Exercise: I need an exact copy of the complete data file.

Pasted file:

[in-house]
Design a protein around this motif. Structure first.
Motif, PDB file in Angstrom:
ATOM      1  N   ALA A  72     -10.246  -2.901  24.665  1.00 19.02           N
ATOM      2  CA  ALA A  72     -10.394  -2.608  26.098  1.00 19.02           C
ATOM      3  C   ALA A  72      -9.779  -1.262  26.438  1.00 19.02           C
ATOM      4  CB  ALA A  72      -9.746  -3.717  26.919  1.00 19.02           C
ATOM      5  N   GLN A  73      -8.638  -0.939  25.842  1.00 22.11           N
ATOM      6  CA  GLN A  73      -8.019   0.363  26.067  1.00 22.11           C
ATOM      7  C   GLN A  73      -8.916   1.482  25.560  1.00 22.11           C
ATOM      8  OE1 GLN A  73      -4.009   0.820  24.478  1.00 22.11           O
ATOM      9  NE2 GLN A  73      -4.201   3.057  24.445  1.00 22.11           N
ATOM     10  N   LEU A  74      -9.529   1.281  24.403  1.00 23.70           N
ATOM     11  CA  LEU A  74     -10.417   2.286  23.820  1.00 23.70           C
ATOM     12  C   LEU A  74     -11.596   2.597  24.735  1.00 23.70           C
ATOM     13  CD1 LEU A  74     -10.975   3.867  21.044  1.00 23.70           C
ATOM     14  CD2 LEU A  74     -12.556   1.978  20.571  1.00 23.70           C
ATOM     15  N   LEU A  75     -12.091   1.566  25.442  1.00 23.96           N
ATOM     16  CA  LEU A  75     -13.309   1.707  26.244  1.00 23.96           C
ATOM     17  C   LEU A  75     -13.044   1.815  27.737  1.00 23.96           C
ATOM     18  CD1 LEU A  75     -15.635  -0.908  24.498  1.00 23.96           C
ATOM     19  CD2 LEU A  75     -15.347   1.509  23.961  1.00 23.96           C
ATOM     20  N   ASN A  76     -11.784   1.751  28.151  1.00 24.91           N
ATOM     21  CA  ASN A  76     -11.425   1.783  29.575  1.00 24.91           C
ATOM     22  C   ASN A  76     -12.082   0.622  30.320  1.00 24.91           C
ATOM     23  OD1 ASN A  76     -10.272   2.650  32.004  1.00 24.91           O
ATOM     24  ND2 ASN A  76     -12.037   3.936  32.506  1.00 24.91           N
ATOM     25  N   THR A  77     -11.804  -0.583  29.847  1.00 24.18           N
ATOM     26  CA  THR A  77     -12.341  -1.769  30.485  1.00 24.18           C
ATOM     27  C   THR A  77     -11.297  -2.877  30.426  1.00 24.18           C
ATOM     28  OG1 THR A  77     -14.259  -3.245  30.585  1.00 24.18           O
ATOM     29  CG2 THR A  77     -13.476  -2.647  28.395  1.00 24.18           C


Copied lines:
[in-house]
Design a protein around this motif. Structure first.
Motif, PDB file in Angstrom:
ATOM      1  N   ALA A  72     -10.246  -2.901  24.665  1.00 19.02           N
ATOM      2  CA  ALA A  72     -10.394  -2.608  26.098  1.00 19.02           C
ATOM      3  C   ALA A  72      -9.779  -1.262  26.438  1.00 19.02           C
ATOM      4  CB  ALA A  72      -9.746  -3.717  26.919  1.00 19.02           C
ATOM      5  N   GLN A  73      -8.638  -0.939  25.842  1.00 22.11           N
ATOM      6  CA  GLN A  73      -8.019   0.363  26.067  1.00 22.11           C
ATOM      7  C   GLN A  73      -8.916   1.482  25.560  1.00 22.11           C
ATOM      8  OE1 GLN A  73      -4.009   0.820  24.478  1.00 22.11           O
ATOM      9  NE2 GLN A  73      -4.201   3.057  24.445  1.00 22.11           N
ATOM     10  N   LEU A  74      -9.529   1.281  24.403  1.00 23.70           N
ATOM     11  CA  LEU A  74     -10.417   2.286  23.820  1.00 23.70           C
ATOM     12  C   LEU A  74     -11.596   2.597  24.735  1.00 23.70           C
ATOM     13  CD1 LEU A  74     -10.975   3.867  21.044  1.00 23.70           C
ATOM     14  CD2 LEU A  74     -12.556   1.978  20.571  1.00 23.70           C
ATOM     15  N   LEU A  75     -12.091   1.566  25.442  1.00 23.96           N
ATOM     16  CA  LEU A  75     -13.309   1.707  26.244  1.00 23.96           C
ATOM     17  C   LEU A  75     -13.044   1.815  27.737  1.00 23.96           C
ATOM     18  CD1 LEU A  75     -15.635  -0.908  24.498  1.00 23.96           C
ATOM     19  CD2 LEU A  75     -15.347   1.509  23.961  1.00 23.96           C
ATOM     20  N   ASN A  76     -11.784   1.751  28.151  1.00 24.91           N
ATOM     21  CA  ASN A  76     -11.425   1.783  29.575  1.00 24.91           C
ATOM     22  C   ASN A  76     -12.082   0.622  30.320  1.00 24.91           C
ATOM     23  OD1 ASN A  76     -10.272   2.650  32.004  1.00 24.91           O
ATOM     24  ND2 ASN A  76     -12.037   3.936  32.506  1.00 24.91           N
ATOM     25  N   THR A  77     -11.804  -0.583  29.847  1.00 24.18           N
ATOM     26  CA  THR A  77     -12.341  -1.769  30.485  1.00 24.18           C
ATOM     27  C   THR A  77     -11.297  -2.877  30.426  1.00 24.18           C
ATOM     28  OG1 THR A  77     -14.259  -3.245  30.585  1.00 24.18           O
ATOM     29  CG2 THR A  77     -13.476  -2.647  28.395  1.00 24.18           C